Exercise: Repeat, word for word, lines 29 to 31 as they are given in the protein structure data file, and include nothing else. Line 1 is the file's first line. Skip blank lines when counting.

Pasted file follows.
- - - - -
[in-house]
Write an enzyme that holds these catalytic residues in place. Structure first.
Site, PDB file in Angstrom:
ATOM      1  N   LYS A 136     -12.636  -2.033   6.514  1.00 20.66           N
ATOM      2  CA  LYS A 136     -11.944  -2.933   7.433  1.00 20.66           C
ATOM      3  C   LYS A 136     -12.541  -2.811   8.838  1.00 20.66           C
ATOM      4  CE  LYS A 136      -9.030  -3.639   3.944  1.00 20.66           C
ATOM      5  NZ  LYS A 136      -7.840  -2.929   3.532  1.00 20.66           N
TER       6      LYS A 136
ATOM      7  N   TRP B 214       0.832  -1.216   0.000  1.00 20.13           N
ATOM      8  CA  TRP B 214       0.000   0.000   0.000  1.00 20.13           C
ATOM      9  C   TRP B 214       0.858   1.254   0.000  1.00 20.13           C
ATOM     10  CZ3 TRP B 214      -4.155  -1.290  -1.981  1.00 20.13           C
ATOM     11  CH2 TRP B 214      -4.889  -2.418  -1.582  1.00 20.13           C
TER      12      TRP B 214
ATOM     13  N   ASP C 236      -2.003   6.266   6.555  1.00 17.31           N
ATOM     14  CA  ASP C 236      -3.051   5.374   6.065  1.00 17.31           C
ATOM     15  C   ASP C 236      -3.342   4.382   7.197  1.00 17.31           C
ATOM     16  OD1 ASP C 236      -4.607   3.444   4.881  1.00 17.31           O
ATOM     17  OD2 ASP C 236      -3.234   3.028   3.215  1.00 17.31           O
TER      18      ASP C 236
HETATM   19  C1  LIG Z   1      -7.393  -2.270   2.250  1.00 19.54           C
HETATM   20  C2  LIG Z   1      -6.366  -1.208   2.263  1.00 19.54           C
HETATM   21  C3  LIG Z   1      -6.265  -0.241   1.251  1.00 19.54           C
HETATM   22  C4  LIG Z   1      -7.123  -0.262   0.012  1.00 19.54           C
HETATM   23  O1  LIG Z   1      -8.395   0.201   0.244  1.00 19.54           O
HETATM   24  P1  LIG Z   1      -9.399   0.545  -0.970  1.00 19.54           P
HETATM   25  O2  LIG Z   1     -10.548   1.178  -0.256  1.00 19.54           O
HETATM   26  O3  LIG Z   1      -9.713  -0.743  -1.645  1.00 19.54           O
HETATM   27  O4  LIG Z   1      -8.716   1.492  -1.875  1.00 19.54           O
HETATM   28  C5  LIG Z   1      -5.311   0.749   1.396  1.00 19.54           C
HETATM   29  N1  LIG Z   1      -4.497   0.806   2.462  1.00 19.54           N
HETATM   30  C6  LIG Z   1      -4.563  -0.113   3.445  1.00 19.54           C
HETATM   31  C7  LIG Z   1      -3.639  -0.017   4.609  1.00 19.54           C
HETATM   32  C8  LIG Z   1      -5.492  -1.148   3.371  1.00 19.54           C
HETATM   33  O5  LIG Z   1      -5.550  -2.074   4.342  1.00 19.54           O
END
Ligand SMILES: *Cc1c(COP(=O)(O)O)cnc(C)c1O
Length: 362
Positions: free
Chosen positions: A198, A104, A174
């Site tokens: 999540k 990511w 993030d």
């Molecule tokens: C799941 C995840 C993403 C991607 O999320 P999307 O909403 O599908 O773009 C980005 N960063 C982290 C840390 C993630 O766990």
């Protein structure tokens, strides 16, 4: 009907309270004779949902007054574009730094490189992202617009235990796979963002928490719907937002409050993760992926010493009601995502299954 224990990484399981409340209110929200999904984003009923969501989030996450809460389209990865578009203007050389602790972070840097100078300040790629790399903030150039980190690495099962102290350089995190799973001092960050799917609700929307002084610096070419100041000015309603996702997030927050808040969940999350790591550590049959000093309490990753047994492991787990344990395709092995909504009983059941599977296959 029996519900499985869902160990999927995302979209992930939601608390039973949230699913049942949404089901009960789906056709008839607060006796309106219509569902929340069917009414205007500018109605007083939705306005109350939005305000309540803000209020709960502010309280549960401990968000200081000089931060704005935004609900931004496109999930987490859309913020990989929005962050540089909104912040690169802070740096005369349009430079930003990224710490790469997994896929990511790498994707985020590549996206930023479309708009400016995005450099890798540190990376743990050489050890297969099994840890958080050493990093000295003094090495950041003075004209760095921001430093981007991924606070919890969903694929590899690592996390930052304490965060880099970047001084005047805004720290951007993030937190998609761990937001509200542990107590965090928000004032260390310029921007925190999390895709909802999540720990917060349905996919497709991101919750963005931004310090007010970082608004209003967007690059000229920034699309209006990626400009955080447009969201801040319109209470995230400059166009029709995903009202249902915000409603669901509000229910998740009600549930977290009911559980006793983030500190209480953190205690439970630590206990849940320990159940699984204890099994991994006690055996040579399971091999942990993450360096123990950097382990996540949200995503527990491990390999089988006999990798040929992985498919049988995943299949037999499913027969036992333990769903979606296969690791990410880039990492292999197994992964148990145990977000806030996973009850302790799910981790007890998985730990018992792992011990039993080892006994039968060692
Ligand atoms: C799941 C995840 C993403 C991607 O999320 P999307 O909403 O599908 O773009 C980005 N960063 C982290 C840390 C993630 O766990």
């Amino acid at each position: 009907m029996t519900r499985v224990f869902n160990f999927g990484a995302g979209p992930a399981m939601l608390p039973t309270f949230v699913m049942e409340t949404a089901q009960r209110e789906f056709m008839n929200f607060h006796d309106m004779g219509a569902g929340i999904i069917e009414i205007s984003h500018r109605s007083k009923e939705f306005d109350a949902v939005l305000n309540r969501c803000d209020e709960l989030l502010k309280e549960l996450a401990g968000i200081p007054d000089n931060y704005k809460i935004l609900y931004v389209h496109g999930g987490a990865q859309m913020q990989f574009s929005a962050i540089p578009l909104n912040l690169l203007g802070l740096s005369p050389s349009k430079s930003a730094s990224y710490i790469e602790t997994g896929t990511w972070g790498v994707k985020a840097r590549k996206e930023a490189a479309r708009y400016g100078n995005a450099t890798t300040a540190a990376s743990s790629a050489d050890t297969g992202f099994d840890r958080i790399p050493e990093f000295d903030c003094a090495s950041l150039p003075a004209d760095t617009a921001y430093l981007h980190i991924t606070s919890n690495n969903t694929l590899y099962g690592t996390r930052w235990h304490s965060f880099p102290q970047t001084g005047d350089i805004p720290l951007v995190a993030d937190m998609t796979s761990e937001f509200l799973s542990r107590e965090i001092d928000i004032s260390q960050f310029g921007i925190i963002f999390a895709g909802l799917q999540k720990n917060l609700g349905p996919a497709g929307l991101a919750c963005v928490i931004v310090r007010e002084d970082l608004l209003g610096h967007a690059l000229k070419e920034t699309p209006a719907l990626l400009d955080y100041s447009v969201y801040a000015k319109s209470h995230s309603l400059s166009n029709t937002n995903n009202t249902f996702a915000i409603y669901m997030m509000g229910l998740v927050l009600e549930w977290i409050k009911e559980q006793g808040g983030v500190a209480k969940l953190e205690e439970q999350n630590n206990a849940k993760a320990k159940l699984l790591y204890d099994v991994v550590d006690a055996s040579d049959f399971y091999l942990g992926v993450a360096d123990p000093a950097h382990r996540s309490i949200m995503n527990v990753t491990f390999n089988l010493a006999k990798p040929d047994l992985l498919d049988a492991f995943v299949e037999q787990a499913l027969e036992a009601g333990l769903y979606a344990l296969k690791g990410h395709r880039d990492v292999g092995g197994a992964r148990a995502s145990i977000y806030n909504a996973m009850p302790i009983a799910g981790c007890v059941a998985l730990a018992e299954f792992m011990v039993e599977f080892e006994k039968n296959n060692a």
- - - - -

HETATM   26  O3  LIG Z   1      -9.713  -0.743  -1.645  1.00 19.54           O
HETATM   27  O4  LIG Z   1      -8.716   1.492  -1.875  1.00 19.54           O
HETATM   28  C5  LIG Z   1      -5.311   0.749   1.396  1.00 19.54           C